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The Latest From The Airport In Kabul


The days U.S. troops have left in Afghanistan can now be counted on a hand. The Pentagon said at a press briefing today U.S. troops have started drawing down inside Hamid Karzai International Airport, that Americans and some Afghans are still being evacuated, with many Afghans gathering outside the airport gates, where they can be vulnerable to terrorist attacks. A U.S. drone strike on Friday in Afghanistan's Nangarhar province was swift retribution against ISIS-K, the group said to be responsible for Thursday's airport attack. The Pentagon also said the targets were ISIS-K planners and facilitators but would not confirm if they had planned that attack at the airport.

Al-Jazeera correspondent Charlotte Bellis joins us from Kabul. Charlotte, thanks so much for being with us.


SIMON: What does it look like at the airport now?

BELLIS: Well, I actually just left the airport. We went to the north perimeter of the airport, which was taken over by the Taliban today, until about 7 o'clock this morning Kabul time. We went there this afternoon, and the Taliban escorted us into the airport, which was quite a shock. We walked past control towers, and we saw Americans looking down on us while the Taliban had dozens of men right below these towers. They are mere meters apart from each other at this point. And the Taliban stood there and watched as C-17s flew over their heads. And it was incredibly symbolic and powerful to see.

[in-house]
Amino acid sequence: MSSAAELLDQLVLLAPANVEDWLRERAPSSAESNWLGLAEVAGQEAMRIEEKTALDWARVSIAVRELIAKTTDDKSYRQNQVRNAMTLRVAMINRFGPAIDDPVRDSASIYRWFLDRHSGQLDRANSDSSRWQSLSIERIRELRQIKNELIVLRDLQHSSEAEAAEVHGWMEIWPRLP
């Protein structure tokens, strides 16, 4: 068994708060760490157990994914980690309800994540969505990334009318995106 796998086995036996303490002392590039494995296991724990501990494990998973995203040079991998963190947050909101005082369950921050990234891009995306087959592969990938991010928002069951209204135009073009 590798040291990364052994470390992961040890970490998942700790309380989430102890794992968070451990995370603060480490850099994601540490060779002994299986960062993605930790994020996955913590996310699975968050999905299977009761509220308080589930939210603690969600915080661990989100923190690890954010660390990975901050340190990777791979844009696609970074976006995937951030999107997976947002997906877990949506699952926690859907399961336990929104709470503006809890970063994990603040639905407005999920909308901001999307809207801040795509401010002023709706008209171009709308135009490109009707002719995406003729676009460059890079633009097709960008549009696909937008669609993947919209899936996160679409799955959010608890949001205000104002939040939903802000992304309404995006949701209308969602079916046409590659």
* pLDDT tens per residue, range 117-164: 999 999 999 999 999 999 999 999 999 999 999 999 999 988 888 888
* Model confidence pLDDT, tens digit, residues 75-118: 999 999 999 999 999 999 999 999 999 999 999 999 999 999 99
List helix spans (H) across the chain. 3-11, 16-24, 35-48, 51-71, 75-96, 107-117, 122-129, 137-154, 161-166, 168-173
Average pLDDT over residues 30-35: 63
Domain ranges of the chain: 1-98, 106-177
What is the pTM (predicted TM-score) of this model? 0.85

SIMON: Well, let me put a point on this. The Taliban was in charge?

BELLIS: They were in charge. In fact, my cameraman said, can we film the Americans in the tower? And the Taliban said, well, we're the boss now, so go for it, although they were very disciplined in saying, you know, the Americans are here, they are here and they are there in the airport now.

SIMON: Have you been able to speak to any of the people who are trying to get out?

BELLIS: Yeah, many, many people. And there is a lot of desperation. They know the clock's ticking. And now evacuations are very much - you know, there's hardly anyone really getting through at this point. There were thousands of people inside the airport, essentially a big backlog that they're now clearing and getting those people onto planes. So as far as getting through the gates at this point, it's very, very difficult even if you have a U.S. visa or the correct paperwork. They're just closing everything down and focusing more now on troop withdrawal and getting the equipment out.

SIMON: Charlotte, the Taliban said that they would like to ensure, that they would ensure the safety and security of Afghan people. Does the ISIS-K attack at the airport cast doubt on that, their ability to deliver on that?

BELLIS: My interpretation from being at the airport many times over the last few weeks is that the Taliban were completely overwhelmed. They, as far as I could tell, hadn't been trained in crowd control. They were just shooting in the air, beating people. They started using water cannon in the last few days. But before that, they were just using brute force to push people back. There were no checks. And there were thousands upon thousands of people crowding around the perimeter, and you can imagine how many miles a perimeter of an airport is. They just didn't have the means to do it.

Since the ISIS attack, they have actually done a better job of securing the perimeter. They've pushed people back and put barbed wire to keep people away. And they have actually started managing it better, but it's, you know, too little, too late.

SIMON: Al-Jazeera correspondent Charlotte Bellis in Kabul, thanks so much.

BELLIS: Thanks for having me. Transcript provided by NPR, Copyright NPR.